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Current Gene Therapy
ISSN (Print): 1566-5232
ISSN (Online): 1875-5631
VOLUME: 5
ISSUE: 3
DOI: 10.2174/1566523054065057      Price:  $58









New Recombinant Serotypes of AAV Vectors

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Author(s): Guangping Gao, Luk H. Vandenberghe and James M. Wilson
Pages 285-297 (13)
Abstract:
AAV based vectors can achieve stable gene transfer with minimal vector related toxicities. AAV serotype 2 (AAV2) is the first AAV that was vectored for gene transfer applications. However, the restricted tissue tropism of AAV and its low transduction efficiency have limited its further development as vector. Recent studies using vectors derived from alternative AAV serotypes such as AAV1, 4, 5 and 6 have shown improved potency and broadened tropism of the AAV vector by packaging the same vector genome with different AAV capsids. In an attempt to search for potent AAV vectors with enhanced performance profiles, molecular techniques were employed for the detection and isolation of endogenous AAVs from a variety of human and non-human primate (NHP) tissues. A family of novel primate AAVs consisting of 110 non-redundant species of proviral sequences was discovered and turned to be prevalent in 18-19% of the tissues evaluated. Phylogenetic and functional analyses revealed that primate AAVs are segregated into clades based on phylogenetic relatedness. The members within a clade share functional and serological properties. Initial evaluation in mouse models of vectors based on these novel AAVs for tissue tropism and gene transfer potency led to the identification of some vector with improved gene transfer to different target tissues. Gene therapy treatment of several mouse and canine models with novel AAV vectors achieved long term phenotypic corrections. Vectors based on new primate AAVs could become the next generation of efficient gene transfer vehicles for various gene therapy applications.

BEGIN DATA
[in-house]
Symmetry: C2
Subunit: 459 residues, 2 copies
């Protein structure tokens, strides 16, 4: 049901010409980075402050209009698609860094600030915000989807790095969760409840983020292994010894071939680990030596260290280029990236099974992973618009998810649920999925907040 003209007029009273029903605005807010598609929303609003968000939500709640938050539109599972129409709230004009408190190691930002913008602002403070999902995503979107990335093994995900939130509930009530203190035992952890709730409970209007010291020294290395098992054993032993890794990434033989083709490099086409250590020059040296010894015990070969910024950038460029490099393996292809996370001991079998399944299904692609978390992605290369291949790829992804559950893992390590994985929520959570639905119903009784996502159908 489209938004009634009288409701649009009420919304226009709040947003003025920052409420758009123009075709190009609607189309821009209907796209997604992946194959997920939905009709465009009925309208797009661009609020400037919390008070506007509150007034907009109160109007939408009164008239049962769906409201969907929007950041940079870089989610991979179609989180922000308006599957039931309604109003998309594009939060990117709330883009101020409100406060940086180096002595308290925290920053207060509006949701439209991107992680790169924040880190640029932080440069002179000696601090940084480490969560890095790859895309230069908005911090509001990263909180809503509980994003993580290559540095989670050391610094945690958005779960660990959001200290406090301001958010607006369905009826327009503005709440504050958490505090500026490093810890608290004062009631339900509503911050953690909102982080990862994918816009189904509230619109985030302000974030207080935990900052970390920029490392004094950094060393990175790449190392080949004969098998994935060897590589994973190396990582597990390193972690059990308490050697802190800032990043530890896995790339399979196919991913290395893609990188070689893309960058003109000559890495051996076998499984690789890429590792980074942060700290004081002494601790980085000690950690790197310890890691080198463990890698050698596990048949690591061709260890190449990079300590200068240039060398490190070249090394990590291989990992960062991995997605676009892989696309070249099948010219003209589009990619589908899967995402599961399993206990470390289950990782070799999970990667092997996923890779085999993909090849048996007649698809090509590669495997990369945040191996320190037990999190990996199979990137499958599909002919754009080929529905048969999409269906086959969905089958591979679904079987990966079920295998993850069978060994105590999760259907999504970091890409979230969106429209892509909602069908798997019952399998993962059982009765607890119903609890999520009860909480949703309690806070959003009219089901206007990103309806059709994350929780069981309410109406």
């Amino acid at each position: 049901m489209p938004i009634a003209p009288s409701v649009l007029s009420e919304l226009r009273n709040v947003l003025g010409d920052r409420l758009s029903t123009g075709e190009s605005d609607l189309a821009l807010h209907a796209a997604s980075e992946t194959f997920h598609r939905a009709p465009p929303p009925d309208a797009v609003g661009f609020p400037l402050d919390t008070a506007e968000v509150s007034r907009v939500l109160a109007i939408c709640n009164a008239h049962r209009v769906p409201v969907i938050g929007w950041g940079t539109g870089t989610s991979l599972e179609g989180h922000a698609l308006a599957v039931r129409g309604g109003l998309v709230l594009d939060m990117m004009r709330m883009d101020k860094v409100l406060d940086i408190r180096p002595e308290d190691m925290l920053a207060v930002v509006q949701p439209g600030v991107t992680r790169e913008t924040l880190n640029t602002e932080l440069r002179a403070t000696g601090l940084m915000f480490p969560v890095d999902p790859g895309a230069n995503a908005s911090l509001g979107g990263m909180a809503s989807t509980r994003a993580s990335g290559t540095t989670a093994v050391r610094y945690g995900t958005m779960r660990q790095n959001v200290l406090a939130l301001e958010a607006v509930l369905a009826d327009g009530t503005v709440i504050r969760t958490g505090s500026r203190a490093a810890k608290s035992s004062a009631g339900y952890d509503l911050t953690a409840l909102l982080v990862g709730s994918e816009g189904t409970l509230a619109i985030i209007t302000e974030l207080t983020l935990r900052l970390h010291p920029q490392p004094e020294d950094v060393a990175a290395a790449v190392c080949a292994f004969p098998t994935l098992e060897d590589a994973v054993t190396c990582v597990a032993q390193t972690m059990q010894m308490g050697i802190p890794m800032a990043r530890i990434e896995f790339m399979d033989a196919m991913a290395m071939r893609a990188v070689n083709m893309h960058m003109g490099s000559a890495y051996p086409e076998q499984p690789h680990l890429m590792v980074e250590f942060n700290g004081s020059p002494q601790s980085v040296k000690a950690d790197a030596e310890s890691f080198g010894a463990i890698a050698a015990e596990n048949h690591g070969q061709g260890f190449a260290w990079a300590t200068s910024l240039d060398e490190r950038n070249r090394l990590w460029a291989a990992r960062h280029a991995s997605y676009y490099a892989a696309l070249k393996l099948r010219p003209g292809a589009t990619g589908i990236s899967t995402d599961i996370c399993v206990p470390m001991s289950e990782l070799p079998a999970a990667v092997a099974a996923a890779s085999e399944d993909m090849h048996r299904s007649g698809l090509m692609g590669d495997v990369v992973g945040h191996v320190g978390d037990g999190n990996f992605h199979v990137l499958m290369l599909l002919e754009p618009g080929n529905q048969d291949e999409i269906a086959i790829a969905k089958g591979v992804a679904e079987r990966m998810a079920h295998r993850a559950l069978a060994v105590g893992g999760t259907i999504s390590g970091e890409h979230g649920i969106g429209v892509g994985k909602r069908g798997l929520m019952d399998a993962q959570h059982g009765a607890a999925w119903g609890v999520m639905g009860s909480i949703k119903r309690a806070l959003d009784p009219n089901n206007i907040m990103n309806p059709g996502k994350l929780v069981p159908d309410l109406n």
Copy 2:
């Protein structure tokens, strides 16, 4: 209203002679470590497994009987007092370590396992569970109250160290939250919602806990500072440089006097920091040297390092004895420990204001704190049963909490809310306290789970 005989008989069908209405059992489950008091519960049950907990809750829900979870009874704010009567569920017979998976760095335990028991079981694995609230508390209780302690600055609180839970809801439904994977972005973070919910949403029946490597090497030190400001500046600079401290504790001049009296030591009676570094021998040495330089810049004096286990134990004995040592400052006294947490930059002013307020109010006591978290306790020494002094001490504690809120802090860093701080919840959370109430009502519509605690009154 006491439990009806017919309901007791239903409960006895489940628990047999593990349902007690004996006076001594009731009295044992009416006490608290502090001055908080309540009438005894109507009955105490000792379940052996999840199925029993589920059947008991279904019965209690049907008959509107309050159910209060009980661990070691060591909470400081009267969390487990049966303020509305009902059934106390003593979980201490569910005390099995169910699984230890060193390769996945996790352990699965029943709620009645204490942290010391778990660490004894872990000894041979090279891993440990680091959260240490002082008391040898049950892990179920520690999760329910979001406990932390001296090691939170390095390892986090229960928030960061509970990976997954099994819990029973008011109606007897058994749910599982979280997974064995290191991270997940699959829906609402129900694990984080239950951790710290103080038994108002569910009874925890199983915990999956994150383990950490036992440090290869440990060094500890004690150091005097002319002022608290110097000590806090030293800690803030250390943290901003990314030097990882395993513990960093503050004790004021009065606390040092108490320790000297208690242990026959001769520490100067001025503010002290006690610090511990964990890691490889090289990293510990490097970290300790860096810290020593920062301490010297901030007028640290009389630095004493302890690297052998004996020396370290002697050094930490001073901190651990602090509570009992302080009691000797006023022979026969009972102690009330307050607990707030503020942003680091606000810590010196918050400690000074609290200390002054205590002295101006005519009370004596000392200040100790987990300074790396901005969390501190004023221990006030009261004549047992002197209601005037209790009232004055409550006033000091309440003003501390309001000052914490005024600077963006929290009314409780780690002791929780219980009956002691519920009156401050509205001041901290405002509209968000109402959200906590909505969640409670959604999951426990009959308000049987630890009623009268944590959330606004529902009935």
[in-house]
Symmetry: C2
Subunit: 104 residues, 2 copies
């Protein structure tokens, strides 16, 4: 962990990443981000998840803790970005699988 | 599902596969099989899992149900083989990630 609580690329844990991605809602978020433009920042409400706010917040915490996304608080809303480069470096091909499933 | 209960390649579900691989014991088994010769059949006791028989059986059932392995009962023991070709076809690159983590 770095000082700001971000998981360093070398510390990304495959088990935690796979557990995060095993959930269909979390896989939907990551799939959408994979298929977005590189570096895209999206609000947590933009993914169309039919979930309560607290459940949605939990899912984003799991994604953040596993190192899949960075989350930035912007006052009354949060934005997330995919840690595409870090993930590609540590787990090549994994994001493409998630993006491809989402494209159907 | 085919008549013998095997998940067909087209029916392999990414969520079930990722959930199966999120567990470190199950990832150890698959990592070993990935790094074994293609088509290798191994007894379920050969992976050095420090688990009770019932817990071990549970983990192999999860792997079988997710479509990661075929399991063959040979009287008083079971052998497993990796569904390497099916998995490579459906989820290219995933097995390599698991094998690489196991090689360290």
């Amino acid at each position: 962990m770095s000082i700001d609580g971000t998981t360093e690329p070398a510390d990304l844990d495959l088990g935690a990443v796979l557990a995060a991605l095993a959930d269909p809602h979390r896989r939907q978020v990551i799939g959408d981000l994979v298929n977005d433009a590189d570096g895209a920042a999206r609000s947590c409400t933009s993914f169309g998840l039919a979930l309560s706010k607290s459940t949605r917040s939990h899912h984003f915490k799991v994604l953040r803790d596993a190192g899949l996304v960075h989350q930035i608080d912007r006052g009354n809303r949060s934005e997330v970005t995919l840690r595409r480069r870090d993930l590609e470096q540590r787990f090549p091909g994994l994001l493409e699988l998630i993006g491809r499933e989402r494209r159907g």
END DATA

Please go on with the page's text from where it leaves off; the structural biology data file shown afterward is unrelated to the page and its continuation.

Keywords:
aav serotypes, aav clades, aav evolution, aav sero-epidemiology, aav vectors, gene transfer, tissue tropism, animal models
Affiliation:
Gene Therapy Program, University of Pennsylvania, 2000, Translational Research Laboratories, 125S,31st Street, Philadelphia, PA 19104-3403, USA.